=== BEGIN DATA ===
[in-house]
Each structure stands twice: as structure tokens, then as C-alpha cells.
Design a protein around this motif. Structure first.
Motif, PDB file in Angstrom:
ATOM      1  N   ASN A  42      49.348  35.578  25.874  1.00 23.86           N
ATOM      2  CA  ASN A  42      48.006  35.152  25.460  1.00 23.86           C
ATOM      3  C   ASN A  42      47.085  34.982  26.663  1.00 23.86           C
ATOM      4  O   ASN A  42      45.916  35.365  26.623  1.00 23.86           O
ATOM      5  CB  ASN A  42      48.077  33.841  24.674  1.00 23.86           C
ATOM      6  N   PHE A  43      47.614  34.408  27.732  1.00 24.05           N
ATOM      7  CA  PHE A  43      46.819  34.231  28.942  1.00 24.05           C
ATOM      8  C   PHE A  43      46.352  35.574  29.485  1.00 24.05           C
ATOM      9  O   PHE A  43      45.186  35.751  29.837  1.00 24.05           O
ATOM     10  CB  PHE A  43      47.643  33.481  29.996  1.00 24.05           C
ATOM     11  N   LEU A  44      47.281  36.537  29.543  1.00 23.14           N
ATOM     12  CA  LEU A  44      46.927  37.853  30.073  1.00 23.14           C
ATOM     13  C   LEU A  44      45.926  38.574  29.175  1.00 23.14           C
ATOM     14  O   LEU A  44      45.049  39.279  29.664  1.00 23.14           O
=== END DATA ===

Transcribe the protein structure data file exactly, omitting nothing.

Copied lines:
[in-house]
Each structure stands twice: as structure tokens, then as C-alpha cells.
Design a protein around this motif. Structure first.
Motif, PDB file in Angstrom:
ATOM      1  N   ASN A  42      49.348  35.578  25.874  1.00 23.86           N
ATOM      2  CA  ASN A  42      48.006  35.152  25.460  1.00 23.86           C
ATOM      3  C   ASN A  42      47.085  34.982  26.663  1.00 23.86           C
ATOM      4  O   ASN A  42      45.916  35.365  26.623  1.00 23.86           O
ATOM      5  CB  ASN A  42      48.077  33.841  24.674  1.00 23.86           C
ATOM      6  N   PHE A  43      47.614  34.408  27.732  1.00 24.05           N
ATOM      7  CA  PHE A  43      46.819  34.231  28.942  1.00 24.05           C
ATOM      8  C   PHE A  43      46.352  35.574  29.485  1.00 24.05           C
ATOM      9  O   PHE A  43      45.186  35.751  29.837  1.00 24.05           O
ATOM     10  CB  PHE A  43      47.643  33.481  29.996  1.00 24.05           C
ATOM     11  N   LEU A  44      47.281  36.537  29.543  1.00 23.14           N
ATOM     12  CA  LEU A  44      46.927  37.853  30.073  1.00 23.14           C
ATOM     13  C   LEU A  44      45.926  38.574  29.175  1.00 23.14           C
ATOM     14  O   LEU A  44      45.049  39.279  29.664  1.00 23.14           O